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Virtual Conference: Mars – a new geological frontier

02 - 04 November 2021
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Event type:
Virtual event, Conference
Organised by:
Geological Society Events, 2021 Year of Space
Event status:

In recent decades, a plethora of orbital and landed robotic missions to Mars have provided new insights into all aspects of martian geology, geomorphology and mineralogy. These data have radically altered our understanding of the geological systems and palaeoclimate evolution, and habitability of the planet.  In parallel, advances in analytical techniques on Earth have enabled the production of geochemical and mineralogical data from martian meteorites with unprecedented precision and accuracy. Improvements in the availability and coverage of high-resolution martian and terrestrial remote-sensing data have enhanced comparative analyses of analogous features and processes on Earth and Mars. In addition, laboratory experiments simulating processes under martian conditions have revealed key similarities and differences between the two planets. Ultimately, these new insights provide a picture of martian geological and climatic evolution, as well as potential habitability through time. 

This year, both NASA’s Perseverance and Curiosity rovers are exploring new geological terrains, the InSight lander is collecting seismic and meteorological data, and the first detailed geological maps of the ESA ExoMars landing site are due to be published. Meanwhile, orbital missions continue to return new data from all regions of the surface of Mars, from the poles to the equator, as well as its subsurface and atmosphere. Martian samples are due to be returned from the surface in 2031, hence the role of geoscientists in collecting and interpreting martian data is becoming more central than ever, and the opportunities for terrestrial experts to be involved in Mars science are multiplying. For these reasons, this is the perfect time to showcase the latest Mars geoscience results, combine them with the study of terrestrial sites that host comparable features and processes, and to look further ahead into what is becoming a golden age for Mars exploration.  

The aim of this meeting is to discuss the latest findings related to all aspects of Mars geoscience, and related terrestrial studies. The meeting will bring together specialists working on Mars missions, remote sensing, modelling and meteorites, with experts studying analogous systems here on Earth. 

Key points for discussion will include: 

• New data from the NASA Perseverance and Curiosity rovers, the InSight lander, and as orbital observations. 

• The preservation of the martian geological record, from the Noachian period to present day, what do we know and what are the key outstanding questions.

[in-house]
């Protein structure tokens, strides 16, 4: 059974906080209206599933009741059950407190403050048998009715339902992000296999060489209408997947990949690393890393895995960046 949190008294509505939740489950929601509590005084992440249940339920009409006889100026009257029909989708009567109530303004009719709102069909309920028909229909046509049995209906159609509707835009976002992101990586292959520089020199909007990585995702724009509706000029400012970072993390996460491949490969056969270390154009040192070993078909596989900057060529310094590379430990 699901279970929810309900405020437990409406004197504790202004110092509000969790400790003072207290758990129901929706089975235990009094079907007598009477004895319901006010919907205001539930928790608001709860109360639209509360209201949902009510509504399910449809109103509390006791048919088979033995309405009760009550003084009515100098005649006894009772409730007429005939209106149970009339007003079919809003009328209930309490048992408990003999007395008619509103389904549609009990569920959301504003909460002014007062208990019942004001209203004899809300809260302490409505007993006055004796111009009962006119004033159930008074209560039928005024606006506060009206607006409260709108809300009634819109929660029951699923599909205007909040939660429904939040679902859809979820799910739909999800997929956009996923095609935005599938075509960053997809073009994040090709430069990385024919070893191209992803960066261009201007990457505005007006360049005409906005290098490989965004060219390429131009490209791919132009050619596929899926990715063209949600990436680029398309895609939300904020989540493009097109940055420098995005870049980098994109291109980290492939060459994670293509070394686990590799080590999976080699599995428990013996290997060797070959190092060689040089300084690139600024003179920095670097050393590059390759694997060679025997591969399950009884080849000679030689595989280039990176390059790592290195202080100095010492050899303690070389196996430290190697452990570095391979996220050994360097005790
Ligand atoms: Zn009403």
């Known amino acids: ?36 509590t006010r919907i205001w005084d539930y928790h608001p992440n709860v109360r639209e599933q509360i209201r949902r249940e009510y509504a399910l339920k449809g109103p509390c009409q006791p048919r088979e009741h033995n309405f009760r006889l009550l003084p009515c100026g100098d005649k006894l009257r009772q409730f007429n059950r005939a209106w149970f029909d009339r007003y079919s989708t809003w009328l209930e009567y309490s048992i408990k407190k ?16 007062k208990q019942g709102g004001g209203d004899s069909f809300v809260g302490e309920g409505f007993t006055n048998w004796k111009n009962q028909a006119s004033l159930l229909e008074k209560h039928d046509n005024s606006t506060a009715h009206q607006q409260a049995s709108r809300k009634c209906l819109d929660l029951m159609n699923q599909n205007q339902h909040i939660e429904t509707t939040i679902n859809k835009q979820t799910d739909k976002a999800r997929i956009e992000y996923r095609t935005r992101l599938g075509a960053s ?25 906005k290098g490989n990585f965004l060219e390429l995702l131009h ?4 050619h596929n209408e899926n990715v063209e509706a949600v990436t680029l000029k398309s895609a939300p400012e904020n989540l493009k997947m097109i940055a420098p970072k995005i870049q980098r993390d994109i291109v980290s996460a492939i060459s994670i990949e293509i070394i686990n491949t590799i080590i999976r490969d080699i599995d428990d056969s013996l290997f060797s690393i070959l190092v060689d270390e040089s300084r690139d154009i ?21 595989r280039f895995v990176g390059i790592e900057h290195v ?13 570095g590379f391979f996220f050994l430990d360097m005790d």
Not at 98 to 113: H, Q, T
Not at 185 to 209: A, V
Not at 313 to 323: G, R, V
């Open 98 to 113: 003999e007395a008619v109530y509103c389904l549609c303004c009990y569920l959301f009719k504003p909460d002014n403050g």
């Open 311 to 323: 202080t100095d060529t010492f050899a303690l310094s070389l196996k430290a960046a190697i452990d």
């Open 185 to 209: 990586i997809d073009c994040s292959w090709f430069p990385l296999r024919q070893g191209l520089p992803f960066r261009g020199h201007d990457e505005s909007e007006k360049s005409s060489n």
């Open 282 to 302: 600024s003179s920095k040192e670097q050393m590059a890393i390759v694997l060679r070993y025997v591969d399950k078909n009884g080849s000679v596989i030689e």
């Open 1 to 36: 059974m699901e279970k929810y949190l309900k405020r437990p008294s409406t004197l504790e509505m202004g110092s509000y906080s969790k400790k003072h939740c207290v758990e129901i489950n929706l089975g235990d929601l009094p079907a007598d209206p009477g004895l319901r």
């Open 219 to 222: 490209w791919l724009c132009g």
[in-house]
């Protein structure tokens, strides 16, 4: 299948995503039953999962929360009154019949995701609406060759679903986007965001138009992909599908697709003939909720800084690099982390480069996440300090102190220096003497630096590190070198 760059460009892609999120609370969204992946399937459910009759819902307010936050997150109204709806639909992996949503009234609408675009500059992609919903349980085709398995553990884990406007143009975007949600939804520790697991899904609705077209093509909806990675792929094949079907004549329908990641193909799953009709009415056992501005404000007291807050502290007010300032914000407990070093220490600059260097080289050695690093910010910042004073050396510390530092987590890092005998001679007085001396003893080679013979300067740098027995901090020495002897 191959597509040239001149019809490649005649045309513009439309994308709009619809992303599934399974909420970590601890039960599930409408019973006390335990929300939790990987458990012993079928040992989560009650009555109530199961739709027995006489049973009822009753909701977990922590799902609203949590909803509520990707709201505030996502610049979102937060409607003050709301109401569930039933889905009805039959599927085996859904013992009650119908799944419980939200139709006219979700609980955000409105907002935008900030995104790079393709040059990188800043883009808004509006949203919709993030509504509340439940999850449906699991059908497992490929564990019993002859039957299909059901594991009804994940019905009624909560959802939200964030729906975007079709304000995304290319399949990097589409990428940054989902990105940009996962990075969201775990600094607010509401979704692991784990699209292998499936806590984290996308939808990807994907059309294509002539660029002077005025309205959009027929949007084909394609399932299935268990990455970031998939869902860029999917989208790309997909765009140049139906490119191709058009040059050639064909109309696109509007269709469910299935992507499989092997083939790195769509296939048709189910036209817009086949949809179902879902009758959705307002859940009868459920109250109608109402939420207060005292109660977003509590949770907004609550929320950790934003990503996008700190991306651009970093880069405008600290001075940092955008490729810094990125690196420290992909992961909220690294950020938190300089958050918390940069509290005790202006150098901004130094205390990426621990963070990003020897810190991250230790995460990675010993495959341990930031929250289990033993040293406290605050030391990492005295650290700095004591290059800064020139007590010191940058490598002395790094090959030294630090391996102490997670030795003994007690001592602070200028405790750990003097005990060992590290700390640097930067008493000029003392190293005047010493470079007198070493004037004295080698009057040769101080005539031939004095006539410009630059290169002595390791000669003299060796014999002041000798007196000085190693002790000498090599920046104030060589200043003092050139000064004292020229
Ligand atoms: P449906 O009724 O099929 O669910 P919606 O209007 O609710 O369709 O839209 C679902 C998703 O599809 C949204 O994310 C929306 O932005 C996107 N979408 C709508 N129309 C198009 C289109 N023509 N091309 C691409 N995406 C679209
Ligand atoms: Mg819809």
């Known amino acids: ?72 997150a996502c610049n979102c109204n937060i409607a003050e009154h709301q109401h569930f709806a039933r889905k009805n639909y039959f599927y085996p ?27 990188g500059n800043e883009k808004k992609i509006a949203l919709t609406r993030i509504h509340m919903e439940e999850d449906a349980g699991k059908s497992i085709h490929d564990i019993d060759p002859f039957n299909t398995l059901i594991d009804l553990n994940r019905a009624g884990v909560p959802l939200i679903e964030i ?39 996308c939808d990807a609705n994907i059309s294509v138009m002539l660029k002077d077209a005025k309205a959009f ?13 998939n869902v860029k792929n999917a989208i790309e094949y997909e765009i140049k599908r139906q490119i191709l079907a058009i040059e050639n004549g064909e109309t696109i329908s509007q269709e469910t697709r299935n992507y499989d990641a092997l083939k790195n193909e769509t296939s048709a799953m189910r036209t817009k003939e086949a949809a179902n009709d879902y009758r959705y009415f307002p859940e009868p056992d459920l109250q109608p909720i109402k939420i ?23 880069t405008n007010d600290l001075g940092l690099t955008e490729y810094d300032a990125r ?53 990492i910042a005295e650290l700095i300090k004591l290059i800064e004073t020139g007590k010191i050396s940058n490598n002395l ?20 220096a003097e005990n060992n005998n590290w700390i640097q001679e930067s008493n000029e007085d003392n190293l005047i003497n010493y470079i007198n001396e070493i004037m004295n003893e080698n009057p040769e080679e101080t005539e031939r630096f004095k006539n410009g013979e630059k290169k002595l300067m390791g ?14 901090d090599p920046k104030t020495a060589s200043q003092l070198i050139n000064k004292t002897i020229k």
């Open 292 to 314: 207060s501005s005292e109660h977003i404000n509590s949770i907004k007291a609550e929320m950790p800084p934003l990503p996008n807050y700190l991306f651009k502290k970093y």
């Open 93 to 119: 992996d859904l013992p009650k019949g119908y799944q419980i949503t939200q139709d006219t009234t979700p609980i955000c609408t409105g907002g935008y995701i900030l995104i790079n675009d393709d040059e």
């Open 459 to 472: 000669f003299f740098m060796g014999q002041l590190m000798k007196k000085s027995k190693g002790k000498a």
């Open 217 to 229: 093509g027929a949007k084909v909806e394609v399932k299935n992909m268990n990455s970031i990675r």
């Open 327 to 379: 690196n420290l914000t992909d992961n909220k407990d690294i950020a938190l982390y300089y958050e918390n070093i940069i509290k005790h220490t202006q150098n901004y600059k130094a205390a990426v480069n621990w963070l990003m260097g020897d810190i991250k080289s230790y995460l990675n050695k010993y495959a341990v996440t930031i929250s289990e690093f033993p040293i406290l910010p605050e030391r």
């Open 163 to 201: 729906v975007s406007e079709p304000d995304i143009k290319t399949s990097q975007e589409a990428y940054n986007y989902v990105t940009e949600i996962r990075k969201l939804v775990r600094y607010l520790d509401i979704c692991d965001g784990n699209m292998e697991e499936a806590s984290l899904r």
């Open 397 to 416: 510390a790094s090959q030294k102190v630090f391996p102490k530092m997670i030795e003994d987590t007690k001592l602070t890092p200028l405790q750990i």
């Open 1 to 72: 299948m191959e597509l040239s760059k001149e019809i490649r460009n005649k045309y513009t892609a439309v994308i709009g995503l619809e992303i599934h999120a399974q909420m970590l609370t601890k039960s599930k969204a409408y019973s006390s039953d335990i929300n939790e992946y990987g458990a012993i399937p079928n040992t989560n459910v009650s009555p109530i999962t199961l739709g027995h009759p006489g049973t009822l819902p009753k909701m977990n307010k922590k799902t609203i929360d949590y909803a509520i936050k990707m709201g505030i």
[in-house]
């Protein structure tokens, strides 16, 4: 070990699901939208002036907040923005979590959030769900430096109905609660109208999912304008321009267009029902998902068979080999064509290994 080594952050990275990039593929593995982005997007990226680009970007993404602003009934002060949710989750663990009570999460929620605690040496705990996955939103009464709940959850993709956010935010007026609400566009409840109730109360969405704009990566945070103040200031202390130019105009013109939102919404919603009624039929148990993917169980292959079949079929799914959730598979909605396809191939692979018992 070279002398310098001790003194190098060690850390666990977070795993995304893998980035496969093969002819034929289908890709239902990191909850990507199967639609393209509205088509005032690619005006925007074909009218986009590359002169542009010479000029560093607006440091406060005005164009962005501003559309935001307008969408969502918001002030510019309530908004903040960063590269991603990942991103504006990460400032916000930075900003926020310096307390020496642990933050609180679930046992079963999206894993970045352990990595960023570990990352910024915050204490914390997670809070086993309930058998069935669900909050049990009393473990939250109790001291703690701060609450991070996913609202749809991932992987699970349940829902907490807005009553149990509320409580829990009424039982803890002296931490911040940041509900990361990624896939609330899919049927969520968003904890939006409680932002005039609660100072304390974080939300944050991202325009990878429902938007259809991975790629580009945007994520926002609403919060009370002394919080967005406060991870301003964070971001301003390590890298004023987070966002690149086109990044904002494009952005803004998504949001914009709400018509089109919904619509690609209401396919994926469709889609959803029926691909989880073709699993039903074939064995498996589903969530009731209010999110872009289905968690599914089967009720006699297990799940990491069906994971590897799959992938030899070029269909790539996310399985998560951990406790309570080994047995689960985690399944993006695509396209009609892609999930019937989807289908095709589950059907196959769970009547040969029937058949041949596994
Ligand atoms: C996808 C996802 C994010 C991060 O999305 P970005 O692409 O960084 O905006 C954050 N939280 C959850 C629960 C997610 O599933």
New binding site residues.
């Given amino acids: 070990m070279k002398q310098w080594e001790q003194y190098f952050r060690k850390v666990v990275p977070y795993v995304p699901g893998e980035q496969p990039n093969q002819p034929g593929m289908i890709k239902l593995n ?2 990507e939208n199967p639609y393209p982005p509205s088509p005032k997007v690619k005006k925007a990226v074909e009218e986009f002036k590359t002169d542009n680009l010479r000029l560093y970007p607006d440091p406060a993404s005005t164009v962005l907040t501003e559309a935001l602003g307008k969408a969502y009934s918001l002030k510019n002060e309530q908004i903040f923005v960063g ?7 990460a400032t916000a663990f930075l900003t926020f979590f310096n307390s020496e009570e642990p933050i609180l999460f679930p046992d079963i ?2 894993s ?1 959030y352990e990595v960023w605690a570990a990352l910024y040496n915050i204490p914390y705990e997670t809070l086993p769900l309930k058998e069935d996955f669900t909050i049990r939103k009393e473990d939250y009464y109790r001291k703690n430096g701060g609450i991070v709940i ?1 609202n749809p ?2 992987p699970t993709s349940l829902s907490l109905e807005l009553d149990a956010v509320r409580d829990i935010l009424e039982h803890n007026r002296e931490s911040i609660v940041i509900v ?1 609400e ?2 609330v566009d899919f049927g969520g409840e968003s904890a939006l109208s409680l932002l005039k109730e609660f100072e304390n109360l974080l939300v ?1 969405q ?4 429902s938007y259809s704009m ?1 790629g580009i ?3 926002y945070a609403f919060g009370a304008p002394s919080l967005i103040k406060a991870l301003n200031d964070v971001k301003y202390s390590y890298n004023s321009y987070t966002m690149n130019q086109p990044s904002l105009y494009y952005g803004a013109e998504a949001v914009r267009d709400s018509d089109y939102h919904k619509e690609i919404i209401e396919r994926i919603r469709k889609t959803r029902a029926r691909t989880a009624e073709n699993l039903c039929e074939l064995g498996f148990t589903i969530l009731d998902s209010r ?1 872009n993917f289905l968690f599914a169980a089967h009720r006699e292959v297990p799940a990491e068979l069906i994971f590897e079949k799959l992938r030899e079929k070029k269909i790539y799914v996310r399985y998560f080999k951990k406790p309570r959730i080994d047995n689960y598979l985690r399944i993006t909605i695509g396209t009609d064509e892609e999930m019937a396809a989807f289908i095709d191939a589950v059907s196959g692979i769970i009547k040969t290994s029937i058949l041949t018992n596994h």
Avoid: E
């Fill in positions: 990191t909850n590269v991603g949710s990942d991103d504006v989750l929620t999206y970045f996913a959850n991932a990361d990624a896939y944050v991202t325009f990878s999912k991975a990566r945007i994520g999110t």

• What do the geological, glacial, and periglacial records tell us about the history of water and other volatiles, and their role in the climate evolution of Mars? 

• The current state of knowledge, and key unanswered questions, relating to the structure and composition of Mars, especially in light of the InSight findings. 

• What do observations and numerical modelling tell us about the nature and distribution of water in the martian near-surface environment today, and how could these resources be used for in situ resource utilisation to help human exploration? 

• How can geoscience help us to answer the question “was (or is) there life on Mars?” 

We welcome contributions that are focused on Mars geoscience, as well as laboratory, modelling and terrestrial analogue studies relevant to past and/or present Martian settings.  

Confirmed keynote speakers include: 

Prof. Nicolas Thomas, University of Bern, CaSSIS 

Dr Anna Horleston, University of Bristol, InSight 

Dr Nicolas Mangold, University of Nantes, Curiosity and Perseverance 

Two free, evening public lectures will be given by Dr Abigail Fraeman (Jet Propulsion Laboratory) on Mars Rovers and Dr Luke Daly (University of Glasgow) on meteorites.    

Abstracts will be accepted for both oral and poster presentations. Abstract deadline: 30th September 2021 


Professor Matt Balme – The Open University
Dr Frances Butcher – The University of Sheffield
Dr Joel Davis – Natural History Museum
Professor Sanjeev Gupta – Imperial College London
Dr Lydia Hallis – The University of Glasgow
Professor Peter Grindrod – Natural History Museum
Dr Susanne Schwenzer - The Open University


Registration will close 24 hours before the event takes place.


We will publish the programme for this event shortly.


This event will be held virtually.


Please email with any enquiries.

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